(urth) Mamelta is Kypris?
thewynns at earthlink.net
Tue Aug 2 18:16:54 PDT 2005
>>Later the Rajan described Jahlee when she is an inhuma again:
>>"The third member of our party is my daughter Jahlee. She is of medium
>>height, red-haired and attractive, with a smooth almond-shaped face and a
>>sly smile many find captivating."
>>~ RTTW pg 20
>>Is he describing her soul or the way the way she looks to others? Well, I
>>don't think he considers an inhuma to be his daughter, so I think he
>>himself is describing her soul, but it may be one in the same. Likely it
>He was describing her as she looked to any humans they encountered while
>traveling, the same as other inhumi trying to pass as human. It was her
>disguise, an illusion. And even then she wasn't tall, like Chenille. She
>looked different at different times, as in Gaon and at the farmhouse.
I disagree. The Rajan didn't describe her at this point has having *many*
faces. He is describing an event in the past but describes *her* in the
present tense suggesting continuous action. Kind of like the difference
between "esta" and "es". Not "sometimes she looks like..." but "she looks
like...". Furthermore, he described her using her explicit appearance of her
soul during dream-travel. You're welcome to any opinion you wish, but I'm
not going along.
And why on earth would you think Jahlee would have to physically look like
Chenille to have her soul? We don't agree on much, I know, but I know you to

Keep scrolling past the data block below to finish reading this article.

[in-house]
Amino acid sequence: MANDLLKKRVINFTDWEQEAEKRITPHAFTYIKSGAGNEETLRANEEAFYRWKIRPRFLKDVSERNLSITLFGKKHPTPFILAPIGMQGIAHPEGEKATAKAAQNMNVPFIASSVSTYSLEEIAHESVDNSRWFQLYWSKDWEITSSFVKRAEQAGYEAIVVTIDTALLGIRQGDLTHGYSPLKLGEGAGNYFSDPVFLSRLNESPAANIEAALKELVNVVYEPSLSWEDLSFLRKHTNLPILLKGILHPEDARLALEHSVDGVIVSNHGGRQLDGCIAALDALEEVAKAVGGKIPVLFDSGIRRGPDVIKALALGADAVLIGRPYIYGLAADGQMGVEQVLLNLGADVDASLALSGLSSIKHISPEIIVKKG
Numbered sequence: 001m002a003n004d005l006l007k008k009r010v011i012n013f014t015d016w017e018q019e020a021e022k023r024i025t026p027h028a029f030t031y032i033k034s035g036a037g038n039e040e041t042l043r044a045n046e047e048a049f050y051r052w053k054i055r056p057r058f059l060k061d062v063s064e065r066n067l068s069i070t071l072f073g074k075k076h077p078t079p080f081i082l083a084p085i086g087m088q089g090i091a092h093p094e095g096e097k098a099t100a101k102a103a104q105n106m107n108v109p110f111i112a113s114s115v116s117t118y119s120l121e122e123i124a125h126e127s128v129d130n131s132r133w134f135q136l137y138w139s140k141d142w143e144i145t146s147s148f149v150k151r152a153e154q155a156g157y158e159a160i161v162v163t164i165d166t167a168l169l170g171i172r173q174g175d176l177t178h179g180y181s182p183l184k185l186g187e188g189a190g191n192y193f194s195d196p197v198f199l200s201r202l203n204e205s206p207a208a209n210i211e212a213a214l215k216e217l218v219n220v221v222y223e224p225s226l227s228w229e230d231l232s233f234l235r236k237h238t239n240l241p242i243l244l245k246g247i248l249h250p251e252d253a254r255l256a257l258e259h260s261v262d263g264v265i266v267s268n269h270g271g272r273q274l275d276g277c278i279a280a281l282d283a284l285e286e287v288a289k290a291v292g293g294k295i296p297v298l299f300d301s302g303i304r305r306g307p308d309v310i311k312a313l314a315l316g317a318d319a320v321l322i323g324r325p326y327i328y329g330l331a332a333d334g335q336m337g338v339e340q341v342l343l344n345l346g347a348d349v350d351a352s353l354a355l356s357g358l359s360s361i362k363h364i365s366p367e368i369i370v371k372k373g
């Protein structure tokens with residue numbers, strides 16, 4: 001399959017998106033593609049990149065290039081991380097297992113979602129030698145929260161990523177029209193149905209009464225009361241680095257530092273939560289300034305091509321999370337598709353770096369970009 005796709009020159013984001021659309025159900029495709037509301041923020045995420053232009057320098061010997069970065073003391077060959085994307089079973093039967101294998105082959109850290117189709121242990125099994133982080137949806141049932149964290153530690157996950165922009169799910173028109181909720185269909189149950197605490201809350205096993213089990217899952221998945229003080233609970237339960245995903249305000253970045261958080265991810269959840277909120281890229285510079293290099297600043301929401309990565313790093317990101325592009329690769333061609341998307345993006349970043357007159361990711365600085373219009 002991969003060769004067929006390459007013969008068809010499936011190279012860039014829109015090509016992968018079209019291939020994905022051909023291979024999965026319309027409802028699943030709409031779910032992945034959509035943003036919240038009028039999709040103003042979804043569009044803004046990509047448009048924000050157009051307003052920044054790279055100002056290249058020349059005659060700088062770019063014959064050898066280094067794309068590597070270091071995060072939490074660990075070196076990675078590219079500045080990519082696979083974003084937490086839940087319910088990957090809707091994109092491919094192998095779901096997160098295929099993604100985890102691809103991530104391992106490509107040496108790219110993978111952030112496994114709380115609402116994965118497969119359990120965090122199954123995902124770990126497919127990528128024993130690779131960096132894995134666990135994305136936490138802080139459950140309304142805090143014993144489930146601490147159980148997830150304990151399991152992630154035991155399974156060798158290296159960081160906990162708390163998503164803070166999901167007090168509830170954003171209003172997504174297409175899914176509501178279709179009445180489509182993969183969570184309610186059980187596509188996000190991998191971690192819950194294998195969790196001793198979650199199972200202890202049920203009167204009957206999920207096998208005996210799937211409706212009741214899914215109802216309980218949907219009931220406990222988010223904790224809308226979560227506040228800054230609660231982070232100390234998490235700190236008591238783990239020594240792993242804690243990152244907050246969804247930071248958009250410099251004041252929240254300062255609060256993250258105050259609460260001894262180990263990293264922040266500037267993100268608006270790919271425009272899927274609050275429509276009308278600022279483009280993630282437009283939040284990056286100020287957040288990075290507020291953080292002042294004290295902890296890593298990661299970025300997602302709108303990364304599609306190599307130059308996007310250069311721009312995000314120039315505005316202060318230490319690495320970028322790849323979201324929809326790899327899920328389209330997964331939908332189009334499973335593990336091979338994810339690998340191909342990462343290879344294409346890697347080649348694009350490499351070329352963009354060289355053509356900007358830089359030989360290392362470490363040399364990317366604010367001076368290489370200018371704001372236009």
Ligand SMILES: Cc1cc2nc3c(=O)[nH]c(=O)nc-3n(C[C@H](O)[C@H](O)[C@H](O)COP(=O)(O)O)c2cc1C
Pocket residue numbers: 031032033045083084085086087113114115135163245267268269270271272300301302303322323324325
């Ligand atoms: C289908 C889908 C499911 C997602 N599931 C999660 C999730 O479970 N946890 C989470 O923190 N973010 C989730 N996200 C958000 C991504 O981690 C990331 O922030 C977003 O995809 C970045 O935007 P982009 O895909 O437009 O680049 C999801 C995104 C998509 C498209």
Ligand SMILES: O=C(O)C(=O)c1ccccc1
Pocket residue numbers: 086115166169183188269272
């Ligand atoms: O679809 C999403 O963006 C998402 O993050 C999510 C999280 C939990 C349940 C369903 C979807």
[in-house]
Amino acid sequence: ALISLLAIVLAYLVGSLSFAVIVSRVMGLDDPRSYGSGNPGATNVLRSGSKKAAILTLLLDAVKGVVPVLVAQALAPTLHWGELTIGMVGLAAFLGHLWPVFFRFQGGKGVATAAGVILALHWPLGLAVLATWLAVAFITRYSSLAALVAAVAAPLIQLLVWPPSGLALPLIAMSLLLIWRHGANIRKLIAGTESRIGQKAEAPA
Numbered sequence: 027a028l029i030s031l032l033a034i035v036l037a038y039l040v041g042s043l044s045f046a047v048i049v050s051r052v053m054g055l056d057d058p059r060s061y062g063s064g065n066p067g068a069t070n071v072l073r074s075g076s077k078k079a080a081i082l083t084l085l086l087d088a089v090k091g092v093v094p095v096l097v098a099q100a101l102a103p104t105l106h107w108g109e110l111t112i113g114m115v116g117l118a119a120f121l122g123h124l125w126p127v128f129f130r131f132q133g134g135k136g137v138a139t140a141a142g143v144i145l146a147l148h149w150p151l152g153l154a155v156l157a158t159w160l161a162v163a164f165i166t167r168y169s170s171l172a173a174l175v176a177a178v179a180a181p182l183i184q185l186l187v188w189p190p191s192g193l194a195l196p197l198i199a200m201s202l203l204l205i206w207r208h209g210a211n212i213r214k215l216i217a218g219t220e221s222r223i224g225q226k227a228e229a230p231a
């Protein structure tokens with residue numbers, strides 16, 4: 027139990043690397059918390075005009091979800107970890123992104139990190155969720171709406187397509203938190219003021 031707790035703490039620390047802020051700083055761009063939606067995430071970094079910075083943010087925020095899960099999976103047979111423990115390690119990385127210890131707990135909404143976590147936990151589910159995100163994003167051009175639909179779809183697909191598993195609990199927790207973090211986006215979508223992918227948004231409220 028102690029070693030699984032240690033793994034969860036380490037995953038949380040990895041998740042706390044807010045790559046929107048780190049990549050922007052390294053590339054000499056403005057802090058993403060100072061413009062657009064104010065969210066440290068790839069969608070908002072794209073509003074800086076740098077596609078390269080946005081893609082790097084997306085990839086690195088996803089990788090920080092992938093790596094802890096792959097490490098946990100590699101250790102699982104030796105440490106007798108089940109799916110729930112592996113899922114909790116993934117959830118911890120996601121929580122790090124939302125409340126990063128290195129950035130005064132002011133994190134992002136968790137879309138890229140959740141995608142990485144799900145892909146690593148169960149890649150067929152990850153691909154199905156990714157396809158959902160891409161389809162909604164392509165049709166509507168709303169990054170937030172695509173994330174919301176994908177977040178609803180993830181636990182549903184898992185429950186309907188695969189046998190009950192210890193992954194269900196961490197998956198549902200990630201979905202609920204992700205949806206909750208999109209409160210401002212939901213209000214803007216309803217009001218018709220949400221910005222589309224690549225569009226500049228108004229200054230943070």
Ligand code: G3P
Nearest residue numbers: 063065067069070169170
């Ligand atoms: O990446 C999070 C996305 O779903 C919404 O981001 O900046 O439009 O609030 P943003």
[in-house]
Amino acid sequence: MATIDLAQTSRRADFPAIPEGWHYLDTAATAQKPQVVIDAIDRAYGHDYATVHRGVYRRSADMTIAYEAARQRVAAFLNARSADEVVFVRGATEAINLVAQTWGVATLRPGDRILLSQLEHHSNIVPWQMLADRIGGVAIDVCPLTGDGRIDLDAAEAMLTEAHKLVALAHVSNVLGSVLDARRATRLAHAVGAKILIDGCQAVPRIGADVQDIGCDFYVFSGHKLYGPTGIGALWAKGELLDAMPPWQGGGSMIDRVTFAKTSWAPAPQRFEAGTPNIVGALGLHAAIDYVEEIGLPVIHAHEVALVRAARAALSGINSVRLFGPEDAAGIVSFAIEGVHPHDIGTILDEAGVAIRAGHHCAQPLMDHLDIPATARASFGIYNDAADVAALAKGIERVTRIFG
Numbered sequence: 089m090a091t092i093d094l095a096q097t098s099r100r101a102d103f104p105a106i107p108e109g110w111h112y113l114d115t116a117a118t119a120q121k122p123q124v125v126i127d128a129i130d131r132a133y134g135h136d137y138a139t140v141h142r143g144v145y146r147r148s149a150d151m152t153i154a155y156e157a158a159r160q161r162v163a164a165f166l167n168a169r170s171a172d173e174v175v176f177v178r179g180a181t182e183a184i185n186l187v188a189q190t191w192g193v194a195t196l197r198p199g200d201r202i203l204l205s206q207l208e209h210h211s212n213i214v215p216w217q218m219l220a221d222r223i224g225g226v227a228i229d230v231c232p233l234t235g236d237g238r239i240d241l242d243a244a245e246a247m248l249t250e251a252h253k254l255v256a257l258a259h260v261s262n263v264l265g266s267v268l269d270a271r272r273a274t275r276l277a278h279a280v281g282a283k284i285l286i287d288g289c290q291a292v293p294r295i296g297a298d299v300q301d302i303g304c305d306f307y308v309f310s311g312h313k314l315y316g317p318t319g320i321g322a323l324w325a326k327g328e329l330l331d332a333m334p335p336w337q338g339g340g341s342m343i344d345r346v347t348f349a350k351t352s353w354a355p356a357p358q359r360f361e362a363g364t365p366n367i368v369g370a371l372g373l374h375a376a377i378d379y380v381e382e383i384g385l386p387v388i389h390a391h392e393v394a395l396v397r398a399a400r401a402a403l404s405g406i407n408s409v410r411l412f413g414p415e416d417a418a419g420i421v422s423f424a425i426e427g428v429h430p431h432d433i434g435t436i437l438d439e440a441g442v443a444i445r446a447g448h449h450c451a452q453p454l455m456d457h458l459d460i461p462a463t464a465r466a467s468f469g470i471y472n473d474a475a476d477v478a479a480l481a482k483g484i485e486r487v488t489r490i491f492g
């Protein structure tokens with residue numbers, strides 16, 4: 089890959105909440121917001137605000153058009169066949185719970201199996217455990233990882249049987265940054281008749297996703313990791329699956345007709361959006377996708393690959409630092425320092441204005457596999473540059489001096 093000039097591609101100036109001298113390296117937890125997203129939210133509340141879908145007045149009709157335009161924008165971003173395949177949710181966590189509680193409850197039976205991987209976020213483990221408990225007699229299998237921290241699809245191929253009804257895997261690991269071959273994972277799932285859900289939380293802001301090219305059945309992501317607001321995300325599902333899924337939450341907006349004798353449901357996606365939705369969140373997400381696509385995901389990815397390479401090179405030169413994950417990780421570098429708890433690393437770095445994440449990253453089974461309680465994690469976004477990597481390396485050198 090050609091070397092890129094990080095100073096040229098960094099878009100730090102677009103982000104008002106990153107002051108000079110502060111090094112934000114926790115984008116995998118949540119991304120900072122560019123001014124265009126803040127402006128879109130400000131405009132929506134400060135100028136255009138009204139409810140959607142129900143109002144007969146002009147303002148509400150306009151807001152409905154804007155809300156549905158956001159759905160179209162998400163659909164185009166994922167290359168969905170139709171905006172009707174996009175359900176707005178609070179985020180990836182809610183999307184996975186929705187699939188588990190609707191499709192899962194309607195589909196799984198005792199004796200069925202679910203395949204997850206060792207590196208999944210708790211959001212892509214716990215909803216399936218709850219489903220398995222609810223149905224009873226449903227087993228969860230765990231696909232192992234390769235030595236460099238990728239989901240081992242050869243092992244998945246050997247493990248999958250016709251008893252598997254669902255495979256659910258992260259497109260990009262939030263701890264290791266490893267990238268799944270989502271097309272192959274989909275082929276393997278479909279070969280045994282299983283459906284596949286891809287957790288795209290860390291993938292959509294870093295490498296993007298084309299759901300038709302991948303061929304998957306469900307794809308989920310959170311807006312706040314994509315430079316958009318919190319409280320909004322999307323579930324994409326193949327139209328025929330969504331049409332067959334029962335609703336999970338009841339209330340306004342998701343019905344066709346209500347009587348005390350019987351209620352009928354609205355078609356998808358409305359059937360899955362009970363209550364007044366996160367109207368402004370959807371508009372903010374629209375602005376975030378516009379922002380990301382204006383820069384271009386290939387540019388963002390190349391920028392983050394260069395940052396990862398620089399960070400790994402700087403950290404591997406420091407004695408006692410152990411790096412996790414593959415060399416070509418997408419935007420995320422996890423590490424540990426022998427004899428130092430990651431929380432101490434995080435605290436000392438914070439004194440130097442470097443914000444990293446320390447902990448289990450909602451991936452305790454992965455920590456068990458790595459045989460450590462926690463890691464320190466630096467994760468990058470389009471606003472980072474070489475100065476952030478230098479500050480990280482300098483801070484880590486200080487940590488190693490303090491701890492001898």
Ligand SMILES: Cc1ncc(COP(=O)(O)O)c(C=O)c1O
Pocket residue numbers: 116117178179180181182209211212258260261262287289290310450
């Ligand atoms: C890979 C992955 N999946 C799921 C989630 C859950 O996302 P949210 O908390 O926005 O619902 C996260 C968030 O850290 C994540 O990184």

be a careful reader. Do you really *really* believe the inhuma *actually*
looked physically like the persons whose souls they inherited? Physically,
she didn't look anything like Chenille. Physically, Krait didn't look
anything like Sinew. Unless they chose for humans to see them that way
(which btw is exactly the people see the gods in the Mainframe, according to
Tartaros). In the dark bar, the Rajan heard the tenor of her voice and for a
moment believed it was Chenille. I don't think there is any other reasonable
explanation for that.
>>Sooo...what did Kypris/Silk's mother look like in the mainframe? She
>>the way she saw herself. Not as she truly looked.
>Do you really think there was a computer terminal under all that rubble,
>probing a dead man's eyes and reading a dead man's thoughts, and sending
>the data to Mainframe? Silk was dead, as all those present believed. The
>gods of Mainframe have no power to raise the dead, and Quetzal said so.
>He didn't believe the Outsider's powers to be any different from the
>computer gods. He was wrong. Silk's resurrection was a miracle
>orchestrated by the Outsider. His death vision came from the Outsider,
>not Mainframe. So the people Silk saw in his death vision looked exactly
>as the Outsider portrayed them -- unless the Outsider deceived him.
1) As for "reading a dead man's thoughts" Wolfe doesn't explain how the
Mainframe reads the thoughts of dead people to permit Remora and Hyacinth
and Silk talk to their mothers when they go to the Sun's end. That ship has
sailed. Whether you find it believable or not (I find it tough to swallow,
myself), it is really beyond hand-wringing as far as the novels go.